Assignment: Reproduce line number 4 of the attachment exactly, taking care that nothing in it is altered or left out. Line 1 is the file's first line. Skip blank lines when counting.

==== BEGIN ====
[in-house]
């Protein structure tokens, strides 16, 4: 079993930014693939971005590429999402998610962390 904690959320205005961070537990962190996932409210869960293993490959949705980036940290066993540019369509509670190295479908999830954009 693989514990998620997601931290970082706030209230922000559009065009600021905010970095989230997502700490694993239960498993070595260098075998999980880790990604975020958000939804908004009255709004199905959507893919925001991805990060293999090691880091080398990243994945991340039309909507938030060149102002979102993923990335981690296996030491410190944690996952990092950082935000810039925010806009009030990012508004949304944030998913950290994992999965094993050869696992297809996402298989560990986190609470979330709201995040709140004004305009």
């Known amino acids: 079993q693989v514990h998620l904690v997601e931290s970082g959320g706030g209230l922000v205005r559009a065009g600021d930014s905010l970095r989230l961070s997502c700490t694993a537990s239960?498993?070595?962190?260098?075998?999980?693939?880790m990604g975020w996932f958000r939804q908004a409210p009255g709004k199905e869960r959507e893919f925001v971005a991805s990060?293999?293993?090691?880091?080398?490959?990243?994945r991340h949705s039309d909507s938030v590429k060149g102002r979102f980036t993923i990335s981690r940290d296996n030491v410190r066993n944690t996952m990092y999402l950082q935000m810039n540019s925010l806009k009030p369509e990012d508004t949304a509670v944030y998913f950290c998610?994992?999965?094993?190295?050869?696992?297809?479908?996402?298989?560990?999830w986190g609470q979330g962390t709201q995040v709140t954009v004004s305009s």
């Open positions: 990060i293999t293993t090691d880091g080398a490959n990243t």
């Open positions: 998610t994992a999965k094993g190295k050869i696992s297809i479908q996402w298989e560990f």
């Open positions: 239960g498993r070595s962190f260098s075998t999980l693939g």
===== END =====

């Open positions: 990060i293999t293993t090691d880091g080398a490959n990243t």